All that training, regardless of the sport, my pay off in extra years, according to two recent studies.
Both studies, published in the BMJ, confirm the fact that the best athletes in the world are indeed among the healthiest as well, thanks to their rigorous training regimens. And now it seems that fitness translates into a survival advantage as well.
The first study looked at the life expectancy of 15,174 Olympians from the top medal-earning countries including the U.S., Germany, Nordic nations, Russia, United Kingdom, France, Italy, Canada, Australia and New Zealand. The athletes all received at least one medal during Games between 1896 and 2010 and were compared to general population groups matched by age, country and gender. Overall, the Olympic medalists lived an average of 2.8 years longer than the public in eight of the nine countries in a 30-year followup.
The color of the medal, it seems, did not matter. Gold, silver and bronze medalists all enjoyed the same survival advantage over non-Olympians. The longevity benefit also occurred across all sports, including events such as soccer, basketball, jumping in track and field, endurance activities and even power sports like wrestling and weightlifting, which provided a smaller, but still significant survival benefit.
“To put this survival advantage into some perspective, it is almost as large as the difference in life expectancy between men and women, so male Olympic medalists can expect to live almost as long as the average woman in the general population,” says lead study author Philip Clarke of the University of Melbourne in Australia.
Although the authors did not investigate the reasons for the Olympic longevity, they provided a few theories. Athletes in general are healthier than the average person, and Olympic athletes are among the fittest specimens of healthy eating and physical fitness. Part of that fitness could be due to genetics, but their training environments likely amplify any potential genetic advantages, especially if they join more intensive national training programs. It’s also possible that the wealth and fame elite athletes enjoy provides them more opportunities to follow a healthier lifestyle, since they might be able to access the highest quality diet and fitness regimens to keep them healthy. “Evidence strongly indicates that higher socioeconomic status is associated with lower mortality. Improved nutrition, education, and access to medical services all mediate this effect,” the authors write.
How much training athletes need in order to take advantage of the added years, however, isn’t as clear. While the study showed that athletes in all sports lived longer than the average population, the second study from researchers in the Netherlands found that training at high or moderate intensities provides no greater benefit for life span than low-intensity programs.
That conclusion came from data involving 9,889 deceased athletes who had participated in at least one Olympic Games between 1896 and 1936. Those competing in high intensity sports like cycling and rowing or moderate intensity sports like gymnastics had mortality rates similar to those who trained in low-intensity activities such as golf and cricket.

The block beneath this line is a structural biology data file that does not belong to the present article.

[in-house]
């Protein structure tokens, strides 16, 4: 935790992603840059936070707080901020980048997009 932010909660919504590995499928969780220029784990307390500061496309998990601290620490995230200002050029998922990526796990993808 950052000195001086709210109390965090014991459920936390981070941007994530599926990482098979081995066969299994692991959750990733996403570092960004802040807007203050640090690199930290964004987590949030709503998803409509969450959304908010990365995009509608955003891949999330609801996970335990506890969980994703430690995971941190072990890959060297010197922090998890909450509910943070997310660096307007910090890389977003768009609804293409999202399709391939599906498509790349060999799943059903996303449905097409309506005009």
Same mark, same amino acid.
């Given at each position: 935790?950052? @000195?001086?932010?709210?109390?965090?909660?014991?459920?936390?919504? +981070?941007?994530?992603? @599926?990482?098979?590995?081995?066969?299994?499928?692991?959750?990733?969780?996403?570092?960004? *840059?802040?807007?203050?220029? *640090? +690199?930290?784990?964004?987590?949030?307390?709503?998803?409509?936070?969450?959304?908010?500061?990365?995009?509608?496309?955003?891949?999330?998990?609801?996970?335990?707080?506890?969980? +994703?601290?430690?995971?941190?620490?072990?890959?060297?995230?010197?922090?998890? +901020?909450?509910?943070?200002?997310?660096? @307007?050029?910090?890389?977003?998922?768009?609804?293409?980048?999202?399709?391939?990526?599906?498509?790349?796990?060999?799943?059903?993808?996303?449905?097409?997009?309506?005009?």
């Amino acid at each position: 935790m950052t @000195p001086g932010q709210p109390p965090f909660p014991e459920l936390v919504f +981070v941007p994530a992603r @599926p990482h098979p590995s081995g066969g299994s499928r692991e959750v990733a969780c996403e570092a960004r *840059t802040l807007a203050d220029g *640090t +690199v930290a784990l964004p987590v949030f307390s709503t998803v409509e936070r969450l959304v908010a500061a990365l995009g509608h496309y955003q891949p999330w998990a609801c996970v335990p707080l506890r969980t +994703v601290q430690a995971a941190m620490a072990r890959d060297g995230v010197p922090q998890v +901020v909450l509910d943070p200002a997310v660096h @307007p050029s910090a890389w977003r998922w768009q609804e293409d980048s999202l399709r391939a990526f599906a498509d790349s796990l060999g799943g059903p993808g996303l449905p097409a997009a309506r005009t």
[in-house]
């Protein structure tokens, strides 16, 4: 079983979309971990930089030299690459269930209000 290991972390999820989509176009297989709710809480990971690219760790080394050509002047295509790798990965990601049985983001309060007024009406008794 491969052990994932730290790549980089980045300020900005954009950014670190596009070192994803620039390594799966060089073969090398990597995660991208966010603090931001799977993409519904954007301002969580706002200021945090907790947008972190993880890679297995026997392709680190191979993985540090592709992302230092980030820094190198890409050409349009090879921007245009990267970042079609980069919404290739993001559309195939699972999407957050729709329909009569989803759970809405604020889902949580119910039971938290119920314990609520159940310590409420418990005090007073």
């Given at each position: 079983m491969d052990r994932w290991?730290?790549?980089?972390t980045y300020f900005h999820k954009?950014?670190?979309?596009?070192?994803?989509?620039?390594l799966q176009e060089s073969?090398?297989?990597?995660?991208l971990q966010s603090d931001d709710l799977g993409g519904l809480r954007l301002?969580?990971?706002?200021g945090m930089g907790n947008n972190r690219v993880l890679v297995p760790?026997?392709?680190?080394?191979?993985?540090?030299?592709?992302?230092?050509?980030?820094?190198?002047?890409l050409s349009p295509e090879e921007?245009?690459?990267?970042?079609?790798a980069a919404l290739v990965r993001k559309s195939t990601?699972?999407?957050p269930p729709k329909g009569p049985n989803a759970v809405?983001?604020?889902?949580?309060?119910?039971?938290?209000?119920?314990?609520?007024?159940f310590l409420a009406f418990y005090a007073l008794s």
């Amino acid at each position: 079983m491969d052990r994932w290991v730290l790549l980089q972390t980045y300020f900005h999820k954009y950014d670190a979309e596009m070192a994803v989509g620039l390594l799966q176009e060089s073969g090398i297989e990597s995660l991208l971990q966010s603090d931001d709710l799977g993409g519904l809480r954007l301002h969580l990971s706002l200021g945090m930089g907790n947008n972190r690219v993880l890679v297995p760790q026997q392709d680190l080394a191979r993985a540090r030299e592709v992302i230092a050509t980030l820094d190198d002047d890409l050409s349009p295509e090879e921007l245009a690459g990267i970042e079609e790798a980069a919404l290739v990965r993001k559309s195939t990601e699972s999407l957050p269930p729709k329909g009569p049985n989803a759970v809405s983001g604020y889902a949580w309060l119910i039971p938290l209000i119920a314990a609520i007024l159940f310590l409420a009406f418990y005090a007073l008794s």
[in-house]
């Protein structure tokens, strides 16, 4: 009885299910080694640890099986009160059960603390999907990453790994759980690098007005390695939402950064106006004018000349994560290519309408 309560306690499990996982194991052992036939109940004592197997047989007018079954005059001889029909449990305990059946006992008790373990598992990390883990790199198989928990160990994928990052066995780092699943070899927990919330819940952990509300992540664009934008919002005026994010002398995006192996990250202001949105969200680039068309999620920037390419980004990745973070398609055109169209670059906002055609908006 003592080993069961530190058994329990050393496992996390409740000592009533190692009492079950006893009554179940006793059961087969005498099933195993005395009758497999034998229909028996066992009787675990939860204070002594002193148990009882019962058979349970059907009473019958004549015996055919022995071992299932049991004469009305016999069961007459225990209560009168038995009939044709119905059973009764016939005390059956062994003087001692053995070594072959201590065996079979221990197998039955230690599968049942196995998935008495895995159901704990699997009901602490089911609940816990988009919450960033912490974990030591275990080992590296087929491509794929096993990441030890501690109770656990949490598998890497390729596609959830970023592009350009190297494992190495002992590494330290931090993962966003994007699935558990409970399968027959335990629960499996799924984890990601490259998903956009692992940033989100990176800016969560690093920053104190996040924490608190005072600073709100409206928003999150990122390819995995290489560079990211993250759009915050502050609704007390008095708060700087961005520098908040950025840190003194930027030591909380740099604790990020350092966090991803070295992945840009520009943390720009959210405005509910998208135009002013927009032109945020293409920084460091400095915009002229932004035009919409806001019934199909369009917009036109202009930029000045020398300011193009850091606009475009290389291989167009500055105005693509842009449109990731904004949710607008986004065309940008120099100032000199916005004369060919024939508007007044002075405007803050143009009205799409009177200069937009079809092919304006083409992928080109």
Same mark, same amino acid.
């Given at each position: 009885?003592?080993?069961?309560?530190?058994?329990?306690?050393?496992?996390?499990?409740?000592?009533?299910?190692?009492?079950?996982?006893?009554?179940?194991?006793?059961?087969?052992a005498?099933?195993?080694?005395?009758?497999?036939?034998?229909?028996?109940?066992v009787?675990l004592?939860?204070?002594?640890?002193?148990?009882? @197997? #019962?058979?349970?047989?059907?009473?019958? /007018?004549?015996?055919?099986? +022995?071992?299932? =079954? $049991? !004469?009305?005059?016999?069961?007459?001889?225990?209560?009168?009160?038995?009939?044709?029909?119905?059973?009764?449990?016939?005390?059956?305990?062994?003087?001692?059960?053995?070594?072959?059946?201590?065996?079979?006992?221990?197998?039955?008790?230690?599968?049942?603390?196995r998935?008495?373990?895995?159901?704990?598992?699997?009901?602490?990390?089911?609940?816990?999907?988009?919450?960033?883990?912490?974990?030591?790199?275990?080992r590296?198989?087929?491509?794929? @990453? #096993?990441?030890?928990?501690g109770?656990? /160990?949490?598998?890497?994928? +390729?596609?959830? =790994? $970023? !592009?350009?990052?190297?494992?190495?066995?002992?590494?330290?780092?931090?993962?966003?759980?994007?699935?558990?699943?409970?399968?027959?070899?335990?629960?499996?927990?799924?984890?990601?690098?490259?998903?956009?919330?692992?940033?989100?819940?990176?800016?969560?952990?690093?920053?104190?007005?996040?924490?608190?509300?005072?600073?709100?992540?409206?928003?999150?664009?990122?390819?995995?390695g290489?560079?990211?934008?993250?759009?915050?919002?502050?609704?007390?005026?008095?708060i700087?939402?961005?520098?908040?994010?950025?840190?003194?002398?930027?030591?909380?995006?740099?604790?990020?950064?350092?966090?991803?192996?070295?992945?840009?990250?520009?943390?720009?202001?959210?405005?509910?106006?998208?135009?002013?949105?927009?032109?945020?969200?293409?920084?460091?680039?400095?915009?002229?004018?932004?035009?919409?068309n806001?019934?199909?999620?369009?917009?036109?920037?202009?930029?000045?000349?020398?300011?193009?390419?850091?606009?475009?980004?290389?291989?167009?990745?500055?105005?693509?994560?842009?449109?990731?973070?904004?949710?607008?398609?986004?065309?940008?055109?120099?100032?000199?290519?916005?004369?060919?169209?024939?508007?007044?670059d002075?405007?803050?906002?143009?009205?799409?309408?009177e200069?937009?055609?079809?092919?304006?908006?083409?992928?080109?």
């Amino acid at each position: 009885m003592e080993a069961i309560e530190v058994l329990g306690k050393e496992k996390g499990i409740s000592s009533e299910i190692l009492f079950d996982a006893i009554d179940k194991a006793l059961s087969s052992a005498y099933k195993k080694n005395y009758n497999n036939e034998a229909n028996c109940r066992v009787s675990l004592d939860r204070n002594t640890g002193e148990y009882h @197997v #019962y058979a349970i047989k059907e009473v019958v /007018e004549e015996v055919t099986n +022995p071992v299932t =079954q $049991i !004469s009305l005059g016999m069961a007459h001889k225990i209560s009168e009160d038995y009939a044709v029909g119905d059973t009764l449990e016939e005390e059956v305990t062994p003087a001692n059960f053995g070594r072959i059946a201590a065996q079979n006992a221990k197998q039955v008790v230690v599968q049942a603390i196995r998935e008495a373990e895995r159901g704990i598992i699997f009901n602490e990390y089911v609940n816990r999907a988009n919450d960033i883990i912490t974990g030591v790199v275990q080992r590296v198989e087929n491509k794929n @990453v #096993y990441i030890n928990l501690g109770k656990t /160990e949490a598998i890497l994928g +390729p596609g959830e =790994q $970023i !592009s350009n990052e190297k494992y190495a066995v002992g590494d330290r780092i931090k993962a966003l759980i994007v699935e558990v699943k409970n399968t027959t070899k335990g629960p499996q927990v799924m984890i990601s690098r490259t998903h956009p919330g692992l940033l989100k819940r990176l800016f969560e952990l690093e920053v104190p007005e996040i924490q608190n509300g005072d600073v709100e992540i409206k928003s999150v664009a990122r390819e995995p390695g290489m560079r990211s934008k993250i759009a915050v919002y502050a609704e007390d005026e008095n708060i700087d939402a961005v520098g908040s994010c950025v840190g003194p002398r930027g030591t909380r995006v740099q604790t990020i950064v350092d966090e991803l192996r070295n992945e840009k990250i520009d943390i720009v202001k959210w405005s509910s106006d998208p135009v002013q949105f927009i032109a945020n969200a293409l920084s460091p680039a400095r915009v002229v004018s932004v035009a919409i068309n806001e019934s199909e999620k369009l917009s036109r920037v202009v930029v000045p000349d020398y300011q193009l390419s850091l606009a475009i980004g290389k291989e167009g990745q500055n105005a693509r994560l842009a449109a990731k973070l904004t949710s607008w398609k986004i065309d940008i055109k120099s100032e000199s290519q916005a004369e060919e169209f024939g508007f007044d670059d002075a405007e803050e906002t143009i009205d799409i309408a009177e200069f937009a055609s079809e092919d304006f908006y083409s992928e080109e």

“People tend to think about sports as ‘the more the better,'” says the study’s lead author Frouke Engelaer of the Leyden Academy of Vitality and Aging in Leiden, Netherlands. “We have shown that within a great population of athletes, this does not [hold]. You don’t have to take the effort to do intensive rowing. Playing golf is just as good for your survival.”
However, contrary to what the scientists in the first study found, in this study of Olympians, simply being an Olympic athlete didn’t guarantee a longer life. Engelaer and her team found that athletes of high-impact sports with a risk of bodily collision like boxing and ice hockey had an 11% to 16% greater mortality risk, reflecting an accumulated effect of potentially harmful injuries during training and competition, that persists into old age. “Think of how many times things go wrong during training, before athletes succeed in their performance at the Olympics,” says Engelaer. “Aging is an accumulation of damage over time. Every small or bigger injury is a form of damage that also will accumulate. From a theoretical point of view you hence can say that these people are aging faster.”
Taken together, however, the findings point toward an overall health advantage to being fit. Regular physical activity can burn of excess calories and keep weight in check, as well as promote healthier eating and improved metabolic function. And those benefits, say public health experts Adrian E Bauman of Sydney University in Australia and Steven Blair of the University of South Carolina, aren’t limited to Olympians. In an editorial accompanying the studies, they note that people who regularly exercise at least 150 minutes at a moderate to vigorous level each week may also add years to their lives compared to those who are inactive. “Compared with the successes that have been achieved in tobacco control, our inability to improve physical activity is a public health failure,” they write. “And it is not yet taken seriously enough by many in government and in the medical establishment.” Hopefully the latest results will be inspiration to become more active, even among those of us not going for gold.
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